Wine Windows of Florence, Italy
“Buchette del Vino”
Wine Windows of Florence, Italy. During a recent trip to Europe, our family spent three days is the Renaissance marvel that is Florence, Italy. I first visited Florence when I was 20 years old and I was instantly smitten. The city itself is stunning as is its history. The cradle of the Renaissance that Leonardo da Vinci, Michelangelo, Galileo, and Dante Alighieri all called home has countless attractions that are world class. Michelangelo’s David, the Duomo’s grand dome, the Ponte Vecchio and the Palazzo Vecchio tend to steal the headlines but there are a myriad of other curiosities that go unnoticed by many visitors. The Santa Maria Novella Pharmacy, Il Porcellino, the Bull of Santa Maria del Fiore, and the Museo Opificio delle Pietre Dure( “Museum of the workshop of precious stones” which was founded as an aid for the construction of the Medici Chapels at the Basilica of San Lorenzo) are remarkable attractions , often overlooked by travelers. However, My favorite overlooked attractions, which are rarely noticed but are scattered throughout the city are the “Buchette del Vino”, the wine windows of Florence.
History of the Wine Windows of Florence:
The Tuscany region of Italy has a continuous 3,000 year history of wine agriculture. World famous wine towns near Florence include Montepulciano, Montalcino and Chianti. As the capital of Tuscany, Florence is a center for sales and distribution of Tuscan wines. Wine Production in the Florence area started in Etruscan times and has survived through Roman and Greek Empires as well as countless invasions.
In 1559, Cosimo I de’ Medici, the archduke of Tuscany, decreed that Noble families could sell wine from their own homes, Tax Free! During the 14th century, approximately 8 million gallons of wine per year was sold in the city of Florence. The Tax-Free status was a strong motivator for wealthy noble families who quickly began creating wine windows in their homes which connected with eager consumers on the streets of Florence.
The wine windows of Florence are of remarkably similar size, approximately 21 inches tall by 14 inches wide. These dimensions were intended to accommodate the standard wine carafe of that era, referred to as a “Fiasco”. More wine windows were built in Florence as wealthy families flourished. Wine windows also served an important health function during repeated outbreaks of the plague as they created social distance between the servants of wealthy wine growers and wine consumers. Who knows how many lives were saved by wine windows during the Black Death epidemic of 1630-1633! Many of these same wine windows were reborn during the recent Covid pandemic in Italy, offering socially distanced wine, cocktails, coffee and gelato.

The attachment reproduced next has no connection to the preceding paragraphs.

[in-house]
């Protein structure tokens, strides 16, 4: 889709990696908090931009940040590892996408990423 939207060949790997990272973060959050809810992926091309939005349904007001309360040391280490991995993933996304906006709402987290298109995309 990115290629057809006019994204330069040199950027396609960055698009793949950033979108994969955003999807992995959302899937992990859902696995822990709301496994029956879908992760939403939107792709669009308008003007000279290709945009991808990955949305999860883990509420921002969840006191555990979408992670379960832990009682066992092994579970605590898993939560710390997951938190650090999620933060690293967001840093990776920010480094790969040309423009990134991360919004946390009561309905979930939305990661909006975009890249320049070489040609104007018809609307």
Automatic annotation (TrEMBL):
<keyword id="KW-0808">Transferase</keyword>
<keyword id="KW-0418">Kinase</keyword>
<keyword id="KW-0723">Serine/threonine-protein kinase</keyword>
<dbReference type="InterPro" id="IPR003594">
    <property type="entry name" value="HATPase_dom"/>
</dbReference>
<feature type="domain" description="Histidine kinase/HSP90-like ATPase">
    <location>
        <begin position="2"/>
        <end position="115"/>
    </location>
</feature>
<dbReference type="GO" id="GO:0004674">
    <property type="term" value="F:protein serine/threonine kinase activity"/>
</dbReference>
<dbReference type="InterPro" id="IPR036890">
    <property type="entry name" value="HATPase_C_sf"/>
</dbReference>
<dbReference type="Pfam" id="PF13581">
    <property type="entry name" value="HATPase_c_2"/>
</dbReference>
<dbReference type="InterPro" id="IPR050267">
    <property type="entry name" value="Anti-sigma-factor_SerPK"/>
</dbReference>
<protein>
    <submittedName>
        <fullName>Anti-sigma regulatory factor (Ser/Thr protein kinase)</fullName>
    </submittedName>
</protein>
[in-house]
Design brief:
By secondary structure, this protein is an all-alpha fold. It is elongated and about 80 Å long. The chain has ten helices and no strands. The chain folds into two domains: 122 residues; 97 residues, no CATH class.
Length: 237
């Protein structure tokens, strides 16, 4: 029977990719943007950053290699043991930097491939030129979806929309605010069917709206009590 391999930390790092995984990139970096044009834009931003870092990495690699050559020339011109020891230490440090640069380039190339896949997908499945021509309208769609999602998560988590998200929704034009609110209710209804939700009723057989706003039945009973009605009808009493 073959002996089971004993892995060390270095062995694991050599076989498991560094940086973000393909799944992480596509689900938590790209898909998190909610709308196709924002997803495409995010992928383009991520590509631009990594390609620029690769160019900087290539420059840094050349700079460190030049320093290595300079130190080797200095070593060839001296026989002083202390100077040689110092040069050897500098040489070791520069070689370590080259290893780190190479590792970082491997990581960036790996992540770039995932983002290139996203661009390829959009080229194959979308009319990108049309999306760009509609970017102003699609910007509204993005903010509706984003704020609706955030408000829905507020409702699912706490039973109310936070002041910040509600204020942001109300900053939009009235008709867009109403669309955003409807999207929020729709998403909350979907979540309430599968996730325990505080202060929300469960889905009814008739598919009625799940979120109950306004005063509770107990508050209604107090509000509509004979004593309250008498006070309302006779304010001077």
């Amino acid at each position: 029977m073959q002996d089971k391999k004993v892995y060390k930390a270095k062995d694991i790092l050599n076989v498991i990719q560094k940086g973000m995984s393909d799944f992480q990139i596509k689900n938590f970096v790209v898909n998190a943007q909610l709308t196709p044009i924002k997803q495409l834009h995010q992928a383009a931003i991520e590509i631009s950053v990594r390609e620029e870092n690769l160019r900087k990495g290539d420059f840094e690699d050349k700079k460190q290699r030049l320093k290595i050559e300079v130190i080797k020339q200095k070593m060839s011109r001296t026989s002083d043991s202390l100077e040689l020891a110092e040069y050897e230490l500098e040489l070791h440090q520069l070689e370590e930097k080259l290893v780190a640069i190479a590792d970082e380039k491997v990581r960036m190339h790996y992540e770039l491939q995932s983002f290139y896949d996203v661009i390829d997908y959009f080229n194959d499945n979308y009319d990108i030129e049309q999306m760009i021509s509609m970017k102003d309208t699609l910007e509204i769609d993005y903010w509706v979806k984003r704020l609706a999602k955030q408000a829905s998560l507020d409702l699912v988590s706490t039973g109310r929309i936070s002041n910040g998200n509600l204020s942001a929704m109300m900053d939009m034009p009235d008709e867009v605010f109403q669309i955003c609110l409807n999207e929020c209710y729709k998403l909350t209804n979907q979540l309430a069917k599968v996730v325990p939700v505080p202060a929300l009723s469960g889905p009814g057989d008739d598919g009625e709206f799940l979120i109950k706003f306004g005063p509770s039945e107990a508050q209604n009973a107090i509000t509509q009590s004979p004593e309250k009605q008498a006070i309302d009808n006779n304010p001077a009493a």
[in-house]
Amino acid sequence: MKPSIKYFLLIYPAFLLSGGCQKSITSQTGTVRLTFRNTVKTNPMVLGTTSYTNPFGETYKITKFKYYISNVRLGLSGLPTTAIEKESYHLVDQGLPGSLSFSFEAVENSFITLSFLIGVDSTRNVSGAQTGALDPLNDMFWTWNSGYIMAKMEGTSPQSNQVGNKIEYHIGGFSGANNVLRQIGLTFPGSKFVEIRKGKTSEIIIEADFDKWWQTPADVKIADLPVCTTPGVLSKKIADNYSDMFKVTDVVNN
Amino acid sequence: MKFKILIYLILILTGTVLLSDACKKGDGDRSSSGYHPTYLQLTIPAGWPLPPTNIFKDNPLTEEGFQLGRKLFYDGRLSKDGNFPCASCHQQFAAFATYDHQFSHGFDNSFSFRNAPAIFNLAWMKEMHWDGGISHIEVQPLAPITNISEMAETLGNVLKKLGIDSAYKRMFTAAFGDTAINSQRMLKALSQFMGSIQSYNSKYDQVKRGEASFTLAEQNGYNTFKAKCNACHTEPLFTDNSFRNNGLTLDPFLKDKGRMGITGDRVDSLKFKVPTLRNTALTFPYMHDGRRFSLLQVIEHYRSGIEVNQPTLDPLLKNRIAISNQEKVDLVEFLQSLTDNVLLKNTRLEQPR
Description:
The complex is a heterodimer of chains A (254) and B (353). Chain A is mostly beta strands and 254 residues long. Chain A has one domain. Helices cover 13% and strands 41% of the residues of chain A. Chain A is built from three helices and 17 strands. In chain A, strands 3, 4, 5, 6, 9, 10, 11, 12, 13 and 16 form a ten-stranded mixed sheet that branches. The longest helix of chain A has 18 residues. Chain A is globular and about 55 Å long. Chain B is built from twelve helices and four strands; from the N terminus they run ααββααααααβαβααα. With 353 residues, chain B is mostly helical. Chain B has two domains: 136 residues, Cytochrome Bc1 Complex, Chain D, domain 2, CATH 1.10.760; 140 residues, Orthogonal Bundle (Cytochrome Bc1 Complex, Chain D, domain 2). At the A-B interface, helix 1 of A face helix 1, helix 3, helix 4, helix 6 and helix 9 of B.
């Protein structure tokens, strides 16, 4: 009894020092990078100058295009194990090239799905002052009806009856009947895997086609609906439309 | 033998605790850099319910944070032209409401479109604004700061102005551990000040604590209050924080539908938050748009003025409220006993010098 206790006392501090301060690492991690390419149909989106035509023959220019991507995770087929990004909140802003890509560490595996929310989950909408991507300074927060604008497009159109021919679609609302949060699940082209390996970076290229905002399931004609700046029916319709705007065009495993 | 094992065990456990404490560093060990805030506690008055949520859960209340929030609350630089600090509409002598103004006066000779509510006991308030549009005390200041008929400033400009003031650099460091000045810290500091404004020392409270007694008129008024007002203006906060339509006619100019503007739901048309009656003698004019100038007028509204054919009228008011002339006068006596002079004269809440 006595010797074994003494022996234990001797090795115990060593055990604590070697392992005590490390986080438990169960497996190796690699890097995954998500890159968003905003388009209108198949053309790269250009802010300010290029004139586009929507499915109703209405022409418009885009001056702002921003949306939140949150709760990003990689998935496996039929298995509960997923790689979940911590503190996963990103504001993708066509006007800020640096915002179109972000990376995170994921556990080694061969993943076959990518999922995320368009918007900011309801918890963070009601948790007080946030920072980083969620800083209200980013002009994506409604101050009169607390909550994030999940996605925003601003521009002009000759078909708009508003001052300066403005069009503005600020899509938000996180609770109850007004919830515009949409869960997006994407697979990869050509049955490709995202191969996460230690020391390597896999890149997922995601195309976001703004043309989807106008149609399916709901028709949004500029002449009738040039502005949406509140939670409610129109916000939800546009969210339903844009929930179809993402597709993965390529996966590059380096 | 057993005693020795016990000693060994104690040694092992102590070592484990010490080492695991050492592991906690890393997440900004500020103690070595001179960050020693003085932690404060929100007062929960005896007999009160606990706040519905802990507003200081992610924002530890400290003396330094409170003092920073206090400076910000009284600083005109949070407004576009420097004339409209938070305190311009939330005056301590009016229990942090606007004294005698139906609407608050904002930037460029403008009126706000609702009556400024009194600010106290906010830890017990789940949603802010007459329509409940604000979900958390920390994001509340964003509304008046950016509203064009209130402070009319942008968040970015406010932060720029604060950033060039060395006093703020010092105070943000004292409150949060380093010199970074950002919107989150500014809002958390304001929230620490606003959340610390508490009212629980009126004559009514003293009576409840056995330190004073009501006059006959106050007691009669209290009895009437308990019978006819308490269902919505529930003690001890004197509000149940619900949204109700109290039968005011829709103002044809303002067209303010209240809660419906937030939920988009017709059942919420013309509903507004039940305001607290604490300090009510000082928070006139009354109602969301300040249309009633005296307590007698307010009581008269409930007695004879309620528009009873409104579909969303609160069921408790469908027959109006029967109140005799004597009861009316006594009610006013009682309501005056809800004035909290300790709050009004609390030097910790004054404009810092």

Wine Windows of Florence, Italy: The Photograph
As a naive 20 year old, I recall noticing peculiar, small doors scattered about Florence. I thought: there are cat doors everywhere here, they must really love cats! A couple decades later My Wife, Debbie and good friends, Max and Chris Reitz took a trip to Italy. We made a stop in Florence where we hired a guide who offered a wealth of local knowledge. During our tour, she pointed out the “Buchette del Vino”, Wine windows and I experienced a Eureka moment. They were wine windows, not cat doors! I became intrigued by the history, and functionality of these little 400 year old wine windows of Florence. Prior to our most recent visit to I hatched a plan to photograph the “Buchette del vino” of Florence.
I found an online map with coordinates for many of the 150 known windows found within the city limits of Florence. The map was somewhat helpful. I was able to find approximately 75% of the windows that were on the Map. I also managed to find several windows which were not listed on maps. I spent three days schlepping my photography gear through the historic streets of Florence to capture the images included in this new wine windows of Florence photograph. All the images were captured with a high resolution camera and the detail in the full size image is exceptional! Close inspection of this new fine art print tells dozens of stories. Why were there two different sets of keys left in the sills of two different windows? Why were some decorated while others were desecrated? When were some converted to mailboxes? Intercom systems? Do the residents of these historic buildings have extra insight into the history of these wonderful architectural anomolies? I’m Thrilled about this project and believe that Lovers of wine, history, art, architecture and Florence, Italy, will be enchanted by this new fine art photograph. Please contact me with purchasing questions. I hope my viewers enjoy contemplating this enchanting new fine art photograph half as much as I enjoyed the process of creating it! Thanks for reading and…Salute!
Important Note for potential collectors: I can have this print made without my signature in the lower right hand corner, if you prefer.